New Business: Kitchen Help for Club Hamfest: Charles W5CCL and XYL Kathy KD5EGN have offered to assume the kitchen coordination duties for the future, replacing longtime volunteers Al WØRC and XYL Shirley KØDCW. Additional workers are being sought to assist with the well-run food sales operation. Bouvet Island 3Y0Z DX-pedition support request: received from Ralf Fedor. Motion to have the Treasurer match the previous Club donation amount: John WØWY, Second Al WØRC, Passed. Broken email addresses: Several have been corrected with a few remaining without alternate contact information. If you are not getting Club email announcements let us know via the “Contact Us” form. Donation from Bob WØZPE: The Secretary will send a letter of thanks for a Vertex VX-150 HT and Makita 3/8” VSR drill and batteries received by the Club in December 2016.

The board meeting was adjourned at 5:07 PM.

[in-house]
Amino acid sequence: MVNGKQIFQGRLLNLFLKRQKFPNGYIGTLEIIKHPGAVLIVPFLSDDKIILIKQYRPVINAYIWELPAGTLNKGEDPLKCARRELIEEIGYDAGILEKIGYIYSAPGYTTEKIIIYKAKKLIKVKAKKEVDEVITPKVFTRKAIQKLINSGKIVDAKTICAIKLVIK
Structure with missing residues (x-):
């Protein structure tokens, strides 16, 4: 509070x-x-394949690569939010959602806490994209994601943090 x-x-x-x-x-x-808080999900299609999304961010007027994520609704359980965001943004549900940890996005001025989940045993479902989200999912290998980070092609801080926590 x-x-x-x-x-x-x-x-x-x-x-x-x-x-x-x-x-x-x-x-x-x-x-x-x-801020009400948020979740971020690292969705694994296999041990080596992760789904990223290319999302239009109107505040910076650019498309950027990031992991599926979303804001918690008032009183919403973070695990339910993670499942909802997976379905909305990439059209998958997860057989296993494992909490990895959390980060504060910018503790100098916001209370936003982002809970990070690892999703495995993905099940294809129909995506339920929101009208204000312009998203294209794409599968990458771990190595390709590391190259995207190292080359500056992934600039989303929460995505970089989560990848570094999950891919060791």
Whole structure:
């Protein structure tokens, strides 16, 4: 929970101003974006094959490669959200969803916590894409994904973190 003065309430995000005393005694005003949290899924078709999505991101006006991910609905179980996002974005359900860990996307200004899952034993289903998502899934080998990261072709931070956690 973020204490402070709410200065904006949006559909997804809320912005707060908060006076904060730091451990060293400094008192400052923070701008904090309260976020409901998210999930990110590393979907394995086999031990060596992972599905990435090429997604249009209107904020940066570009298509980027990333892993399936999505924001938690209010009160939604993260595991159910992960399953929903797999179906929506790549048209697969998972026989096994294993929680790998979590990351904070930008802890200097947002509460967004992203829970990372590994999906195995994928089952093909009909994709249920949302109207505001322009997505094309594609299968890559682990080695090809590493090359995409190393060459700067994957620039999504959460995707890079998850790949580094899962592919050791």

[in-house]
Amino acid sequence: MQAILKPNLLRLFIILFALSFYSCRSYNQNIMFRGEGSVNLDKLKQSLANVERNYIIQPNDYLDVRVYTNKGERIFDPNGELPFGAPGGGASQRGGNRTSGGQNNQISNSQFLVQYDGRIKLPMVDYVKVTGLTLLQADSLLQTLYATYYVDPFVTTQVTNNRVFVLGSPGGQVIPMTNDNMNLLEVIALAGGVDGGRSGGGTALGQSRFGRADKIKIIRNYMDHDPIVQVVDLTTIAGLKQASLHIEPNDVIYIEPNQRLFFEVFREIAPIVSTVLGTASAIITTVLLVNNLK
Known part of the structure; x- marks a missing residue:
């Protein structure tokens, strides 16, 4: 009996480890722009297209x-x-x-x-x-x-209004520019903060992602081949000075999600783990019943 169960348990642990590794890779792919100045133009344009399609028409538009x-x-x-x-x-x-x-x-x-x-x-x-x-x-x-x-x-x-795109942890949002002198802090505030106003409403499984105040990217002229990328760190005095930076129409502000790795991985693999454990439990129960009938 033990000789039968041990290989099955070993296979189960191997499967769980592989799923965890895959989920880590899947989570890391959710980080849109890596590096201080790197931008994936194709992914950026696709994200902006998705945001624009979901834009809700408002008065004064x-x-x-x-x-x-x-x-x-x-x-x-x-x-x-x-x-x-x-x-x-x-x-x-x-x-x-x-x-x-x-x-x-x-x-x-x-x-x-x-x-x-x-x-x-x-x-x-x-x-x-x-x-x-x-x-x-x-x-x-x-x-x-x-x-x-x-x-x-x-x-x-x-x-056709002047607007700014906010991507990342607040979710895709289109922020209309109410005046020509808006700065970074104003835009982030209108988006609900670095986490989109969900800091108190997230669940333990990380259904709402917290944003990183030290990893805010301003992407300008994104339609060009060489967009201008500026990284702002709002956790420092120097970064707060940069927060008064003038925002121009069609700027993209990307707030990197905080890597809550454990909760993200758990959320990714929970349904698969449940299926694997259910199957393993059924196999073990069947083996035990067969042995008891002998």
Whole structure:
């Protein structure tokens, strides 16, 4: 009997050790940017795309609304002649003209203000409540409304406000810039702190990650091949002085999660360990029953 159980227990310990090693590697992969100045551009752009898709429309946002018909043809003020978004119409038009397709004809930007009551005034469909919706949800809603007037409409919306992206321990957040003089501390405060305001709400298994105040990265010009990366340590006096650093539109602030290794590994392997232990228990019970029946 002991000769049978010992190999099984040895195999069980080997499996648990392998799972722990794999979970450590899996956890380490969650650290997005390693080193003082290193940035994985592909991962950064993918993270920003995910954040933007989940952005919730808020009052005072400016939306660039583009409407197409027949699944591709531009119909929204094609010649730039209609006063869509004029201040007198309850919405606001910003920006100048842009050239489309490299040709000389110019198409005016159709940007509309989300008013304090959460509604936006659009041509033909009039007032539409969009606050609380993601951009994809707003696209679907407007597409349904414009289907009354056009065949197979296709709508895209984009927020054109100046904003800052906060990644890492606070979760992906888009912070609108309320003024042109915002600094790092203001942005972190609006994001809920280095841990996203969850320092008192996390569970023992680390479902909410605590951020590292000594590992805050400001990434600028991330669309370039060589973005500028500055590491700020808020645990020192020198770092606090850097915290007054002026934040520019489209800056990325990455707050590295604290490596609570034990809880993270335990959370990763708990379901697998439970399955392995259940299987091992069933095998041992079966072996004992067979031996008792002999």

THURSDAY-FEBRUARY 23, 2017 – 7:00 PM – BAARC MEMBERSHIP MEETING MINUTES – BRAINERD PUBIC LIBRARY

The President opened the Club membership business meeting at 7 PM with 23 members and guests present. Following the welcome and introductions: John WØWY discussed upcoming public SKYWARN training at the CWC Land Services Building in Brainerd, and encouraged all interested members to attend. Al WØRC gave an update on the Forestview High Altitude Balloon Class. At a HABC parent open house, teachers Jim Reed and Cory Olson thanked parents for raising such an excellent group of young people. The students presented their preparations and experiment payloads to the group. They are now waiting for a good flight prediction report, putting the balloon in a desirable recovery path following its anticipated 125,000-foot altitude flight. The launch will likely take place around 9 AM on a weekday morning at the rear of the school. APRS beacons can be tracked at aprs.fi using Nick Reed’s W0NY-3 and W0NY-4 call signs. Following door prizes and refreshments, Andy Rangen of CTC gave an interesting presentation on some of the new technology vendors and products viewed at his annual visit to the International Consumer Electronics Show (CES) in Las Vegas.

–Respectfully submitted by Ron KØGOP, Secretary

All Things HF: March 2017

All Things HF…